In such cases, it’s usually best to turn down the request in a forthright, respectful manner. Alternatively, notes financial adviser Andrew Schrage, you can “restate the problem” and “focus on the things you are able to do, rather than the ones you aren’t.” This way, it’s possible to say “no” to the client and yet retain their loyalty and gratitude.

Saying “no” doesn’t have to entail negative or unpleasant associations. It can pave the way towards greater efficiency (for the CEO) and motivation to take action on their own (on the part of senior executives and employees). It reinforces the idea that the CEO or business leader must prioritize their time in pursuit of strategic growth.

Want more great ideas on how to manage your time? Gain instant access to a video explaining “The 15 Golden Rules of Time Management.”

 

 

 

The Courage of “No”

When Doing the Hard Thing is Absolutely 100% the Right Thing

If you can’t say “no,” get intimate with failure.

If you can’t hear “no,” get used to stagnation or, worse yet, movement in the entirely wrong direction.

I am constantly struck by the lack of courage exhibited by those who feel they must always lip-serve an emphatic “Yes!” while everything in their innards is screaming the opposite. Equally disconcerting are those who refuse to receive anything negative or even neutral; instead they prefer a thumbs-up at any cost to be sent on their merry yet errant way.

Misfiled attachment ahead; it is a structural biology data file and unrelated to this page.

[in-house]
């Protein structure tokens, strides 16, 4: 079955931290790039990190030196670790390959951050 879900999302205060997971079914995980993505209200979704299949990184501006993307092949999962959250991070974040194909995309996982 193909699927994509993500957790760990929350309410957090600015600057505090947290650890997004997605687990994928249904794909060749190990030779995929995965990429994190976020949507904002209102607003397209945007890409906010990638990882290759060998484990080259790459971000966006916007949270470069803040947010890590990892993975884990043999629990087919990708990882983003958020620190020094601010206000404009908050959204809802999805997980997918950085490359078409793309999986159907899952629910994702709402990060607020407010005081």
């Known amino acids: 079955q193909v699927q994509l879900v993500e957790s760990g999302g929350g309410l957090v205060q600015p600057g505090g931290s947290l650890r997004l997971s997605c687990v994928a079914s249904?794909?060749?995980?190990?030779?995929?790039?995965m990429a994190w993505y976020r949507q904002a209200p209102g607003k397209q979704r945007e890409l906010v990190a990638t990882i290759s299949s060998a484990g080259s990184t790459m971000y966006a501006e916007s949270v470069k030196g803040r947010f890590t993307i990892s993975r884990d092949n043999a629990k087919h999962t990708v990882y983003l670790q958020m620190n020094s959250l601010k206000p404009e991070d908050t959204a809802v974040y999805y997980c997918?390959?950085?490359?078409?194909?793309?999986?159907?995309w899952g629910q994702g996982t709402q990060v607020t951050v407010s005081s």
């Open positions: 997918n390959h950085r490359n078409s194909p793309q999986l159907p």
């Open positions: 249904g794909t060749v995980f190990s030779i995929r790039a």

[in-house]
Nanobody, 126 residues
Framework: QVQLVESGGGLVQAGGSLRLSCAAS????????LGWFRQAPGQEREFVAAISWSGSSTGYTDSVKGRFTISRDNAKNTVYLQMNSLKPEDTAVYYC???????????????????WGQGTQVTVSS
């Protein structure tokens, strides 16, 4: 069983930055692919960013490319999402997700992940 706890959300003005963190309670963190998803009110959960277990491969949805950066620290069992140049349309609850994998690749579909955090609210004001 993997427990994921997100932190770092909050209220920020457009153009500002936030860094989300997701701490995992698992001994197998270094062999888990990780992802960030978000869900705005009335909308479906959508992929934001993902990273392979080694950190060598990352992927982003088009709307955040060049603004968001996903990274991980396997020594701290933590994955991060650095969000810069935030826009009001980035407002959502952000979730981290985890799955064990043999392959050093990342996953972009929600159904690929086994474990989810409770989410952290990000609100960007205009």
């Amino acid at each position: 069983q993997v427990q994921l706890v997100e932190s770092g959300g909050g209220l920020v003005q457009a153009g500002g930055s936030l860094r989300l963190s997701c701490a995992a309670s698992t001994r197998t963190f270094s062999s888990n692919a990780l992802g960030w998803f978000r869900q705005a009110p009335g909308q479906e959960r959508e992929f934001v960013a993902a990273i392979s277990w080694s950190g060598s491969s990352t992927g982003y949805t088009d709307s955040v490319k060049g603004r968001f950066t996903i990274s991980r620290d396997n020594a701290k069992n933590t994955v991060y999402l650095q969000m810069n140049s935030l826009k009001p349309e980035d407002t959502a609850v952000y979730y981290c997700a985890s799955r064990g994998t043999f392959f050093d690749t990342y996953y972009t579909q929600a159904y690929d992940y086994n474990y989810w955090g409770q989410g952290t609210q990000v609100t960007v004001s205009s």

Today’s most successful executives know the value of disagreeing with others.  At first blush, people often view disagreement as a major conflict or source of discomfort to be avoided.  I contest that view with the stance that you can’t afford to not disagree.

 Saying NO takes a healthy dose of courage.  Recognize and reward it.

Conversely, you can’t afford to constantly agree if you want to be a credible force in your profession.  If you wish to be taken seriously as an influencer in your field, why on earth would you tickle ears and egos with tons of “yes” when what everyone needs to hear is a tactful yet emphatic “no?”

Why is “no” so needed?

  • When all you hear is “Yes,” you have no way to prepare for hearing “No.”
  • You have no real idea of perspectives other than your own, and will suffer as a result (as will your business in any number of areas).
  • You have no way of avoiding ignorance on at least a few topics vital to your success, not just as a business owner, but also as a human being.
  • You have no way of hearing a healthy “no” above a din of toxic “yes” all around you.

Lorenz Lammens of Clear Goal Media posted a powerful graphic of Winston Churchill’s poignant quotes about why we can’t make it without criticism.  Even closer to the mark (of this post, at least) is a thought from businessman/author W. Clement Stone:

“Have the courage to say no.  Have the courage to face the truth.  Do the right thing because it is right.  These are the magic keys to living your life with integrity.”

Do you agree with this mentality – yes or no? (Take your time.)